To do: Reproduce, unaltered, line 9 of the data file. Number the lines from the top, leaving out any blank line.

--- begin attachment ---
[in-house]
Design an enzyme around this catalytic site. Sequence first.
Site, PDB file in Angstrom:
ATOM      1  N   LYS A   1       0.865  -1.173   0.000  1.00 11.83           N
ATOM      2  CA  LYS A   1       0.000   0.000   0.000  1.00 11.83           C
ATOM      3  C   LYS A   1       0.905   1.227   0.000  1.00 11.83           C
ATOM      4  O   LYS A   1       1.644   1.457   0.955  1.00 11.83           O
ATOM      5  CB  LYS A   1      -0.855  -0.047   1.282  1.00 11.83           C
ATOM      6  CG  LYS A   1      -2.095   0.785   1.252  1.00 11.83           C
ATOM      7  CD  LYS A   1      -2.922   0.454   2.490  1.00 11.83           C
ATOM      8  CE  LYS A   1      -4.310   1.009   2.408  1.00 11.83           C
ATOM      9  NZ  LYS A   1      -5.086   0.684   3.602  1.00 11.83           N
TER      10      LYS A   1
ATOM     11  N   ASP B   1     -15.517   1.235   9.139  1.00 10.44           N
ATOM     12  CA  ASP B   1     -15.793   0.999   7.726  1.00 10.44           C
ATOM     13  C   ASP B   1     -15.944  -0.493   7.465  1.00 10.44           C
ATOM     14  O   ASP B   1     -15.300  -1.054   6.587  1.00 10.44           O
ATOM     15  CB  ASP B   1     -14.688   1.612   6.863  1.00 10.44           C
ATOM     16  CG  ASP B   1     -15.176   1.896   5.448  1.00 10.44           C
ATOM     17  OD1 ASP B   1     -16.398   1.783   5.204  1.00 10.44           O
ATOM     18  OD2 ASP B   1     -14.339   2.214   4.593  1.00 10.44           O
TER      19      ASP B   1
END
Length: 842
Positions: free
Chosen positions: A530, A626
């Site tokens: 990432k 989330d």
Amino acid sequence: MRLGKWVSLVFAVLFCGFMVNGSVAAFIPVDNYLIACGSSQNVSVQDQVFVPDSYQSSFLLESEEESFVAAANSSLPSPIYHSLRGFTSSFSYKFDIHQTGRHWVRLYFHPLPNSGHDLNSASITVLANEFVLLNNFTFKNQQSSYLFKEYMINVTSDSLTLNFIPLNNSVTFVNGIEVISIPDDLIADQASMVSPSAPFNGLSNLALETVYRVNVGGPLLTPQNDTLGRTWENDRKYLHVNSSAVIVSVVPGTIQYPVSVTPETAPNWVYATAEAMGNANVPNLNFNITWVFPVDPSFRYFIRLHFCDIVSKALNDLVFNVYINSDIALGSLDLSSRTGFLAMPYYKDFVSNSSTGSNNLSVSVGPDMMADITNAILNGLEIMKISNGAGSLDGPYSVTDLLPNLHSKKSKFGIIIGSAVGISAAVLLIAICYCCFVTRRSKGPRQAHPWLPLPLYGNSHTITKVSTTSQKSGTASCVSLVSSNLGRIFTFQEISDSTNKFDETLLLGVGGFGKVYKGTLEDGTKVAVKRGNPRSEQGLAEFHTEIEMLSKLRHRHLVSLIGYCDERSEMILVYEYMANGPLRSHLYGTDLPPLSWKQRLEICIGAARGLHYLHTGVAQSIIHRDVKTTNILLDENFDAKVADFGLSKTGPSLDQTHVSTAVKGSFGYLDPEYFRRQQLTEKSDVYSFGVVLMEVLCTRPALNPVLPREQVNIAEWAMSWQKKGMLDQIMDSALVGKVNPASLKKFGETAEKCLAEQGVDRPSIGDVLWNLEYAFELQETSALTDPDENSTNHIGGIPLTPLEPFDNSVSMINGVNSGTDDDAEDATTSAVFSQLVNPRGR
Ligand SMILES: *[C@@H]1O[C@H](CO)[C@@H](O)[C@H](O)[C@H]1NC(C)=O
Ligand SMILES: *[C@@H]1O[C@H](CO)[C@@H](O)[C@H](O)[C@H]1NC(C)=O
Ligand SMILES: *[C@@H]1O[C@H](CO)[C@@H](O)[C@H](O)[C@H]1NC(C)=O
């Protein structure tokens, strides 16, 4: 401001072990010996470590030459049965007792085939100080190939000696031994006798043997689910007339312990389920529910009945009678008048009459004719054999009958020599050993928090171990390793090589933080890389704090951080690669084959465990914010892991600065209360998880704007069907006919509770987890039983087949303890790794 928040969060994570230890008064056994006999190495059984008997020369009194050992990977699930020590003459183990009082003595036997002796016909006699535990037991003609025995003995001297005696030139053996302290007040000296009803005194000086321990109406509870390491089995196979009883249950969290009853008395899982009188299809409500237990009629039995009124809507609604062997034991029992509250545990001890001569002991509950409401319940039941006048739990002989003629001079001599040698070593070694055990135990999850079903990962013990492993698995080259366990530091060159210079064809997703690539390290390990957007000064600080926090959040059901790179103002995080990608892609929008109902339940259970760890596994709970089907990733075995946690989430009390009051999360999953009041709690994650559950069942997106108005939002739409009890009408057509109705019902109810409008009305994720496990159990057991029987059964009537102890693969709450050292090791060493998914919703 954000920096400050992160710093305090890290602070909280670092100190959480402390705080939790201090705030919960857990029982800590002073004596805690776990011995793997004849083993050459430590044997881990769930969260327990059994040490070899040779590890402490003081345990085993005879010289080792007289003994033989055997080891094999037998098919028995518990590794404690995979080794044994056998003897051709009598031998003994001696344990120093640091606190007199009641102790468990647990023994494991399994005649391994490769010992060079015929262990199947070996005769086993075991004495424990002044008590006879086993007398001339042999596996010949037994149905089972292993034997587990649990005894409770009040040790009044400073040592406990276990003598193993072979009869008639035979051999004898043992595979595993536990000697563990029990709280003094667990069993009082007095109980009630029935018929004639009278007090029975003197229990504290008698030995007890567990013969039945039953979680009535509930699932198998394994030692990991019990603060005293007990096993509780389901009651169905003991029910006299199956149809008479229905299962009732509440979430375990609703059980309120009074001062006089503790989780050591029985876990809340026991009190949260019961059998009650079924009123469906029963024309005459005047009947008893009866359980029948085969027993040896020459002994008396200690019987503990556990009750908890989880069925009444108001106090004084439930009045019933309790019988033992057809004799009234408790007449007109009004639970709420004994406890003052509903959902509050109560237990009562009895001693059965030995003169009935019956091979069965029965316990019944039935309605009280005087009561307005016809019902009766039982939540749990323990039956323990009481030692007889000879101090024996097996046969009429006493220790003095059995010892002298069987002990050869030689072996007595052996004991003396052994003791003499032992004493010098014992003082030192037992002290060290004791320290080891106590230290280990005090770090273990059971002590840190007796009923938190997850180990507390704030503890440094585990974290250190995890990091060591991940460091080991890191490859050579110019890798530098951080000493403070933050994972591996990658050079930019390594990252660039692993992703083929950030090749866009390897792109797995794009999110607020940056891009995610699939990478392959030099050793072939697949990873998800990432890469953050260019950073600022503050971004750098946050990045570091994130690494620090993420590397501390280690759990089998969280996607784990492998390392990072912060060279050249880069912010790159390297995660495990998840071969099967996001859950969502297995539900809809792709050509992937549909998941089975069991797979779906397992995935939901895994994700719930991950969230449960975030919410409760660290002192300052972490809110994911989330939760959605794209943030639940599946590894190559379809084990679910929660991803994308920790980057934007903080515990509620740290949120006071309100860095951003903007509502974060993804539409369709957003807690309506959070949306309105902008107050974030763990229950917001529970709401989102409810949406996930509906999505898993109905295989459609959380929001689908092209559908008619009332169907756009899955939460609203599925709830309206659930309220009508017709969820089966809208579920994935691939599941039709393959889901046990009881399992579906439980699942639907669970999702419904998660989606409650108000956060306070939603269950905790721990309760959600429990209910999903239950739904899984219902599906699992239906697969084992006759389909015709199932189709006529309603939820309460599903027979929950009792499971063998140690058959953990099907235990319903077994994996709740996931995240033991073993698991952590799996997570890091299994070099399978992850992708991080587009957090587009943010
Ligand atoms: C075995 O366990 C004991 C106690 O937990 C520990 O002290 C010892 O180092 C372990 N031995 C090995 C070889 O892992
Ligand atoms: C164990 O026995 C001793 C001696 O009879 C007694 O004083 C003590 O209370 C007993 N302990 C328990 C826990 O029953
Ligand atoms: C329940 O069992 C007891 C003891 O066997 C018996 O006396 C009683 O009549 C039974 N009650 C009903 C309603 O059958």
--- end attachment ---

ATOM      6  CG  LYS A   1      -2.095   0.785   1.252  1.00 11.83           C